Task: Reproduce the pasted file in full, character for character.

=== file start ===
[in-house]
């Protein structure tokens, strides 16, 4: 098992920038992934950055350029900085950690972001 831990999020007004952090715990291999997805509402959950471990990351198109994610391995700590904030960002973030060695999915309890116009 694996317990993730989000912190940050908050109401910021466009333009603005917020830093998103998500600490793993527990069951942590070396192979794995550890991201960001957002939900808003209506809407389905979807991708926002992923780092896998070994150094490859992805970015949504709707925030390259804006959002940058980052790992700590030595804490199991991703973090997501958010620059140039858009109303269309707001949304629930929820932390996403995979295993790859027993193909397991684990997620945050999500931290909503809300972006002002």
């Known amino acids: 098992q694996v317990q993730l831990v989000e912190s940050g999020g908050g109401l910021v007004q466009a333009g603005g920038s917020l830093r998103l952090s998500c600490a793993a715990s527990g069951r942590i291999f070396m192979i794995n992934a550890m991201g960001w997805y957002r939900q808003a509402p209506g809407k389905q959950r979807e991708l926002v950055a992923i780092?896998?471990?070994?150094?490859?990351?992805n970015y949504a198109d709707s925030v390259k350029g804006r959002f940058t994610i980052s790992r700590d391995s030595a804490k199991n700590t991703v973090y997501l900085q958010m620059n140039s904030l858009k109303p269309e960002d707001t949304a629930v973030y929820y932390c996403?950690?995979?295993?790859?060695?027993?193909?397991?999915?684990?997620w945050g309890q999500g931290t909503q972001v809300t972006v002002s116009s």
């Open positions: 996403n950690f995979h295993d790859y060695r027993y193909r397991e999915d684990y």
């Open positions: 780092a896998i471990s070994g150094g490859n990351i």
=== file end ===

[in-house]
């Protein structure tokens, strides 16, 4: 098992920038992934950055350029900085950690972001 831990999020007004952090715990291999997805509402959950471990990351198109994610391995700590904030960002973030060695999915309890116009 694996317990993730989000912190940050908050109401910021466009333009603005917020830093998103998500600490793993527990069951942590070396192979794995550890991201960001957002939900808003209506809407389905979807991708926002992923780092896998070994150094490859992805970015949504709707925030390259804006959002940058980052790992700590030595804490199991991703973090997501958010620059140039858009109303269309707001949304629930929820932390996403995979295993790859027993193909397991684990997620945050999500931290909503809300972006002002």
């Known amino acids: 098992q694996v317990q993730l831990v989000e912190s940050g999020g908050g109401l910021v007004q466009a333009g603005g920038s917020l830093r998103l952090s998500c600490a793993a715990s527990g069951r942590i291999f070396m192979i794995n992934a550890m991201g960001w997805y957002r939900q808003a509402p209506g809407k389905q959950r979807e991708l926002v950055a992923i780092?896998?471990?070994?150094?490859?990351?992805n970015y949504a198109d709707s925030v390259k350029g804006r959002f940058t994610i980052s790992r700590d391995s030595a804490k199991n700590t991703v973090y997501l900085q958010m620059n140039s904030l858009k109303p269309e960002d707001t949304a629930v973030y929820y932390c996403?950690?995979?295993?790859?060695?027993?193909?397991?999915?684990?997620w945050g309890q999500g931290t909503q972001v809300t972006v002002s116009s």
């Open positions: 996403n950690f995979h295993d790859y060695r027993y193909r397991e999915d684990y």
């Open positions: 780092a896998i471990s070994g150094g490859n990351i």